Swearing on the Koran or the Bible? How About “Affirming?”
Congressman Virgil Goode Jr., a Republican from
The Constitution requires oaths in two places. First, it specifies the oath of office the President must take: I do solemnly swear (or affirm) that I will faithfully execute the Office of President of the United States, and will to the best of my Ability, preserve, protect and defend the Constitution of the United States.
Second, it provides that all other state and federal officeholders “shall be bound by Oath or Affirmation, to support this Constitution; but no religious Test shall ever be required as a Qualification to any Office or public Trust under the
Note the careful secularism of both provisions. Neither refers to God, both provide non-believers the opportunity to “affirm” rather than “swear” their support for the Constitution, and the general oath provides further that there shall be no religious test for office.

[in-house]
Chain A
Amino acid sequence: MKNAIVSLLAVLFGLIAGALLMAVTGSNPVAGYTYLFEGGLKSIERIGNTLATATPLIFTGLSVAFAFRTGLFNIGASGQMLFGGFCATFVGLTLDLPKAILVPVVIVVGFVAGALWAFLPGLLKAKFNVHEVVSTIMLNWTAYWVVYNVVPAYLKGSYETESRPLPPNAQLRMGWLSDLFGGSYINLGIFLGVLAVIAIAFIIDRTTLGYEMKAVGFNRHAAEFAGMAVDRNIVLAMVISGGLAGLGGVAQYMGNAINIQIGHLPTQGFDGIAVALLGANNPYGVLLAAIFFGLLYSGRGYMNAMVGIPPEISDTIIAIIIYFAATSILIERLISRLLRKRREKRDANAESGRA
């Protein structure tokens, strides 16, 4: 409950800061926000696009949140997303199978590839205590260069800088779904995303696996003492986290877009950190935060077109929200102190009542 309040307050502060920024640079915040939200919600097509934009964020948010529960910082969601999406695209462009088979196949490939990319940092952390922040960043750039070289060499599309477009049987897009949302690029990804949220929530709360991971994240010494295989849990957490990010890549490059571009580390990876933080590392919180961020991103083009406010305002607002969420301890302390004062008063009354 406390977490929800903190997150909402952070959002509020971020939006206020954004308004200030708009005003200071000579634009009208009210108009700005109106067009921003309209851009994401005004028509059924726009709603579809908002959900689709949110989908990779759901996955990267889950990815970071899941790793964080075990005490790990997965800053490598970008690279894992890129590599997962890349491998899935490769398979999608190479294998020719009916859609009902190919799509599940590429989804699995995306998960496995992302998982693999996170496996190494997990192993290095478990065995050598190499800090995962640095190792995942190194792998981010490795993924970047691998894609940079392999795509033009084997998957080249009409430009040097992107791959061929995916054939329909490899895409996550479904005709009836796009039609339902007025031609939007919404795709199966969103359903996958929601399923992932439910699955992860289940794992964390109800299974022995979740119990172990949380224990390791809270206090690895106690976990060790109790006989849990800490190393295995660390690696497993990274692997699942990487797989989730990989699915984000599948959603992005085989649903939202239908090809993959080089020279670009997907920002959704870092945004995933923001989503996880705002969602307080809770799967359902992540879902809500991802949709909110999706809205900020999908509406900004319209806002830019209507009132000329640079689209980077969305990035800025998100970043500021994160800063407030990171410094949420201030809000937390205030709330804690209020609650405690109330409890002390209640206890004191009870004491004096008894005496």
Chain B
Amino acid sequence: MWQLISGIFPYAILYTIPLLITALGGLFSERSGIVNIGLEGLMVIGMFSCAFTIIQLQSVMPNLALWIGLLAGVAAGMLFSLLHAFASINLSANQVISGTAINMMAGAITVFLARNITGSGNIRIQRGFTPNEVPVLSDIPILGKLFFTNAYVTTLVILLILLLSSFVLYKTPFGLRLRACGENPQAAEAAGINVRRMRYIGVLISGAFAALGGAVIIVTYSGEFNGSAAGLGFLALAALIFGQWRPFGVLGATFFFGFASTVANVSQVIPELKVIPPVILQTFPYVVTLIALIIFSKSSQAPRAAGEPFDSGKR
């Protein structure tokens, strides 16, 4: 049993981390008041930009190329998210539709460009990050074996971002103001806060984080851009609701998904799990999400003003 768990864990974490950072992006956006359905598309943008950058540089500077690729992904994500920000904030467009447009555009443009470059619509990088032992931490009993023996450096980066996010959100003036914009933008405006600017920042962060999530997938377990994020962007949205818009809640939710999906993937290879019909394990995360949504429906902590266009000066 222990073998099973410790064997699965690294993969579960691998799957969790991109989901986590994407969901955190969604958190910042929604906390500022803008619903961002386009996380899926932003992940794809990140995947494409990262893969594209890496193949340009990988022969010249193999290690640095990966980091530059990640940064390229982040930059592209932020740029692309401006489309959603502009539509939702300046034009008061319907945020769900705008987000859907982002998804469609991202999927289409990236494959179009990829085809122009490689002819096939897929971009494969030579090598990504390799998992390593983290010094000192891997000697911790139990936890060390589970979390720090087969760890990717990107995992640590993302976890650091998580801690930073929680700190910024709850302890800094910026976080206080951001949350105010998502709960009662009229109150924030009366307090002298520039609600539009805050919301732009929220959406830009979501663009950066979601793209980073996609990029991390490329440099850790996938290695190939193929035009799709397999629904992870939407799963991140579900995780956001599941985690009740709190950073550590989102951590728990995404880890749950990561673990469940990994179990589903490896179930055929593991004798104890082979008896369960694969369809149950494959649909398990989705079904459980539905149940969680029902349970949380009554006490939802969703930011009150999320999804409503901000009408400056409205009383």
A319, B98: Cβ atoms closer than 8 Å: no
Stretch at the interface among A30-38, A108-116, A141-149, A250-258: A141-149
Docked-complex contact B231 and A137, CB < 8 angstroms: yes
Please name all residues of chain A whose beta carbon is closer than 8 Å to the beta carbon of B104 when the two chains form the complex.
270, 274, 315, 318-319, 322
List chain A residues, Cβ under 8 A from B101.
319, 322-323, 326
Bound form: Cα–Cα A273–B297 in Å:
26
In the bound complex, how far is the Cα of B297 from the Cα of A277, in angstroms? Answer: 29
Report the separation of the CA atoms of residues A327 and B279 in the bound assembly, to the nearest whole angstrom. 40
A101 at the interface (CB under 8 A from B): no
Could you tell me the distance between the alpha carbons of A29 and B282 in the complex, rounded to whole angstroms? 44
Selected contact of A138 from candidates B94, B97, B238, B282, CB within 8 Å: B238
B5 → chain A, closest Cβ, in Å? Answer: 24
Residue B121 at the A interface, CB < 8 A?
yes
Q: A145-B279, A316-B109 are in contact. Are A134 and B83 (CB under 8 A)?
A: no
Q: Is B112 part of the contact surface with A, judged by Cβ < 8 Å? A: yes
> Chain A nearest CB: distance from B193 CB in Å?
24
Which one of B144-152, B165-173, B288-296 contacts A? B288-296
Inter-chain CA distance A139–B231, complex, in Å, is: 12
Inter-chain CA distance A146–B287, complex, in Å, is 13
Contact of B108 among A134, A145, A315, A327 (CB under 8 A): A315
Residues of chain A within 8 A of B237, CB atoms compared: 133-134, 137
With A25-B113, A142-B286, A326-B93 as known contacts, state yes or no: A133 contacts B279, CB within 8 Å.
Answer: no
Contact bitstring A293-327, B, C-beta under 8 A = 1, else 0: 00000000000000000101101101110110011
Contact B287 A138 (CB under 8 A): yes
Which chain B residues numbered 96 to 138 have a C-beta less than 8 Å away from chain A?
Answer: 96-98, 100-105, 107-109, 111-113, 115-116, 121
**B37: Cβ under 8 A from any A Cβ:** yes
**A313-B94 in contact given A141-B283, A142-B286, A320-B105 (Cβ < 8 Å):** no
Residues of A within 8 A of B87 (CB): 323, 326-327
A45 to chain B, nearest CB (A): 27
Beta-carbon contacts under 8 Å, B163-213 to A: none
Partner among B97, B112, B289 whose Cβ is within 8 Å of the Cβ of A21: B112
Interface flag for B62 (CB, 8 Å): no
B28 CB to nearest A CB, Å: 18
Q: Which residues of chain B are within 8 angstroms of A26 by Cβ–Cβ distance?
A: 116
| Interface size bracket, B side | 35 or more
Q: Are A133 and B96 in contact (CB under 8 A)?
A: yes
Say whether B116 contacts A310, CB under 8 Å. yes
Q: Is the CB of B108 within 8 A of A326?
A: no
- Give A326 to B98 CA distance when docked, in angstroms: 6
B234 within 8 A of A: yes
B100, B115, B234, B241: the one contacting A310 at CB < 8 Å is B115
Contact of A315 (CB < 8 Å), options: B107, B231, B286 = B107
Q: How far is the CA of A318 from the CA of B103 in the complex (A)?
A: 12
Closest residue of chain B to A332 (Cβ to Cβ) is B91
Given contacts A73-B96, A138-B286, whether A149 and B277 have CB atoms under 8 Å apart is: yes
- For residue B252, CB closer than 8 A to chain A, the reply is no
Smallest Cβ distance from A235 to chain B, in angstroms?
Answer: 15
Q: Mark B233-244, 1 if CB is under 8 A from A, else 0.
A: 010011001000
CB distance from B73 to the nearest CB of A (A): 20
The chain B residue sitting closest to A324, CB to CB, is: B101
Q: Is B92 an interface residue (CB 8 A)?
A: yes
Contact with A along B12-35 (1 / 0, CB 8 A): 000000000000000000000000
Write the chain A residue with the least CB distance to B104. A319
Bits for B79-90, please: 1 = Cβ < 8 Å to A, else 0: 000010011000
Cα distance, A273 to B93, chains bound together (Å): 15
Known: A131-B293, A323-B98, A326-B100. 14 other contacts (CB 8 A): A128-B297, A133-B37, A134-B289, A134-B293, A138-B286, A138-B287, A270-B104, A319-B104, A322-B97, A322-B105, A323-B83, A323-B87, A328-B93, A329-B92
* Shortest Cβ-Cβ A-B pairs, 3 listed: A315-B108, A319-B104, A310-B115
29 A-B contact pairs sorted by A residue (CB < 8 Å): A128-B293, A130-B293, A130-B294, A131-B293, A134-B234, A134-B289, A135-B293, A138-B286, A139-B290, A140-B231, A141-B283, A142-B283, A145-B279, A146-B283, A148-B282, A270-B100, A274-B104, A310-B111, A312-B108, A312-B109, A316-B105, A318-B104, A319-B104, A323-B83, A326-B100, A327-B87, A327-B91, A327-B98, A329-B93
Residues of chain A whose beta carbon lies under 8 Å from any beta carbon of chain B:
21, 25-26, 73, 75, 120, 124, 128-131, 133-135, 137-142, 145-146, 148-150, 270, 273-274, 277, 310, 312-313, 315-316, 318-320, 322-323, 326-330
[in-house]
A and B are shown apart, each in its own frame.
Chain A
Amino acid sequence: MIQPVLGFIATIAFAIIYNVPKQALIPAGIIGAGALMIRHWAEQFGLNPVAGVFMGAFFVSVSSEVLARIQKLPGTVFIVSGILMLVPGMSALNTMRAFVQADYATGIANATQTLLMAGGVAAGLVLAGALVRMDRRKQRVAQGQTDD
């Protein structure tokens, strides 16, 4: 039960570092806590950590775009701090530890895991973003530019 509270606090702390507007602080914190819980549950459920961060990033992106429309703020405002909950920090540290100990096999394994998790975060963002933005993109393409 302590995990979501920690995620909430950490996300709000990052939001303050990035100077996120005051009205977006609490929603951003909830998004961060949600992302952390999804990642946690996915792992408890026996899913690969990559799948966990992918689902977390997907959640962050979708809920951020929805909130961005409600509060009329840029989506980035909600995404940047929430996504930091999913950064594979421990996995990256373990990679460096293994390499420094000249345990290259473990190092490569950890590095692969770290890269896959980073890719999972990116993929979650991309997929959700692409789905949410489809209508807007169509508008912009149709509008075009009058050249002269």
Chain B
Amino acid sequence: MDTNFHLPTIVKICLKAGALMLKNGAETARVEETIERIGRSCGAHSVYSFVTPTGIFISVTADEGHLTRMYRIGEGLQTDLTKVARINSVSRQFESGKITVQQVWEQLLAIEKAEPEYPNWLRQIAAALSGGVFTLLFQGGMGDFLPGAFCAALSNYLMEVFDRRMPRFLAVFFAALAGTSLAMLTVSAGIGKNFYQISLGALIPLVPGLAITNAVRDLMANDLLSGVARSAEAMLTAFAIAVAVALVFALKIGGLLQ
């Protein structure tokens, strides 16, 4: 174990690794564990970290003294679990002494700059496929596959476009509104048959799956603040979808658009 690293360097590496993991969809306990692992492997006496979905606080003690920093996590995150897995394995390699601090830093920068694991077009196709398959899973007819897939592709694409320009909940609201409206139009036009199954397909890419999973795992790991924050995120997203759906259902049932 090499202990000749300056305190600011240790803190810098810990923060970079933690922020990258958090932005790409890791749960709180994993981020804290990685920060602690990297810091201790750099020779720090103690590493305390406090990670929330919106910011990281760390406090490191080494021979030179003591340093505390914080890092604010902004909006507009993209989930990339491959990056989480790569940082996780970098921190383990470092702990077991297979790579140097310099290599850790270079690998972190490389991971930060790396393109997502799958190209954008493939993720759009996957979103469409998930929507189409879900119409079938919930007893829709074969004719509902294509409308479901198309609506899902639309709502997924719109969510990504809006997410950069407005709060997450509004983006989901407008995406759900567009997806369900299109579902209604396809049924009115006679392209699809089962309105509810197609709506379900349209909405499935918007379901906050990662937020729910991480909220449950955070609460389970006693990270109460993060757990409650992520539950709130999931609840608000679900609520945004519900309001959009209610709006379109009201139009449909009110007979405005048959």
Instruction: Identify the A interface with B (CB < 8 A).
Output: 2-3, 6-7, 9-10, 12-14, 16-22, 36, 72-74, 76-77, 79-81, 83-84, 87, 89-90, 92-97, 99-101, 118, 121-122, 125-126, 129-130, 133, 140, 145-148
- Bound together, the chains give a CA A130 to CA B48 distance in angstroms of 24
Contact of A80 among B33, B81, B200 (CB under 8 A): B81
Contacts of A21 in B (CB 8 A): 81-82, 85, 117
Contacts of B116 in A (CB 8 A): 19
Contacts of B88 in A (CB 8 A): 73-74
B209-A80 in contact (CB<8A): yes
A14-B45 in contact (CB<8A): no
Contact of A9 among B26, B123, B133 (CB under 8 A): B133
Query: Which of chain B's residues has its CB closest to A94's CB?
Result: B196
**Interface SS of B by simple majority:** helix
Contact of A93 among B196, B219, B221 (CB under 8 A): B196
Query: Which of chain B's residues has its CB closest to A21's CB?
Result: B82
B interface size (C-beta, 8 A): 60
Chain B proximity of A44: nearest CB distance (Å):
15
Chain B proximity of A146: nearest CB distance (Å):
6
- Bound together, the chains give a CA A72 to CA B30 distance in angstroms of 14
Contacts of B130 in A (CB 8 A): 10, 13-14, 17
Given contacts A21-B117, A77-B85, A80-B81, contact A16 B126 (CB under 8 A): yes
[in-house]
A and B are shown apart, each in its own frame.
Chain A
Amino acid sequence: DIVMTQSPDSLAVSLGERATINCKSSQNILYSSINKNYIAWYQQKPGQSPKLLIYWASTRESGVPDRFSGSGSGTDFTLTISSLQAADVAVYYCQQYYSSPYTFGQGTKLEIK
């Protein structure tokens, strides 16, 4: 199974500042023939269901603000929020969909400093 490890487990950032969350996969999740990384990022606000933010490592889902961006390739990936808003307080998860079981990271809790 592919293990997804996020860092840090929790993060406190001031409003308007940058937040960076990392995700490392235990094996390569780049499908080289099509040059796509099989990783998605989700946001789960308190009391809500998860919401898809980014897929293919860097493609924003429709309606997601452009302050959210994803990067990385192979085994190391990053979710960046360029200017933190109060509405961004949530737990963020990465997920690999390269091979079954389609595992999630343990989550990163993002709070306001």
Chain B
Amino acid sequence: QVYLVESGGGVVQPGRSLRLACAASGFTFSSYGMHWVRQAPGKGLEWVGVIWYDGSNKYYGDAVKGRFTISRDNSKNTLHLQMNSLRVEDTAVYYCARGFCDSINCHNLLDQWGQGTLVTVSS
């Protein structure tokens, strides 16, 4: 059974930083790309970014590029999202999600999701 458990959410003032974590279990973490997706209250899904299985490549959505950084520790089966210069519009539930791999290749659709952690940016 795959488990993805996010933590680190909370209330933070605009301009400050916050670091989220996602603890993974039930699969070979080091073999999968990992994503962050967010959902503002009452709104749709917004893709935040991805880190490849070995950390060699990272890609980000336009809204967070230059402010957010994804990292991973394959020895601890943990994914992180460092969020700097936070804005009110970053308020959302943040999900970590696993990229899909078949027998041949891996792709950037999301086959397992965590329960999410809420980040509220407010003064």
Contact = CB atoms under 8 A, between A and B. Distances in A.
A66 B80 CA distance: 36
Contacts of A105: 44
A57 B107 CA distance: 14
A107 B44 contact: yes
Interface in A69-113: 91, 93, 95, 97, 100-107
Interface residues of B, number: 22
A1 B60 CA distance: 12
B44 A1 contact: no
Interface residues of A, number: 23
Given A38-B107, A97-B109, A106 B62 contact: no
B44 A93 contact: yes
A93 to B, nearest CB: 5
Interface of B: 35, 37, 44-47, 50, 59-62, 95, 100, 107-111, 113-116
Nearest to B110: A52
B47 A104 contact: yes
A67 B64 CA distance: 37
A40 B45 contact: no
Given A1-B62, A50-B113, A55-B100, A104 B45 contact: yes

Now consider the oath, prescribed by statute, that all new members of Congress, including Representative Ellison, must actually take. It states:
I, AB, do solemnly swear (or affirm) that I will support and defend the Constitution of the United States against all enemies, foreign and domestic; that I will bear true faith and allegiance to the same; that I take this obligation freely, without any mental reservation or purpose of evasion; and that I will well and faithfully discharge the duties of the office on which I am about to enter. So help me God.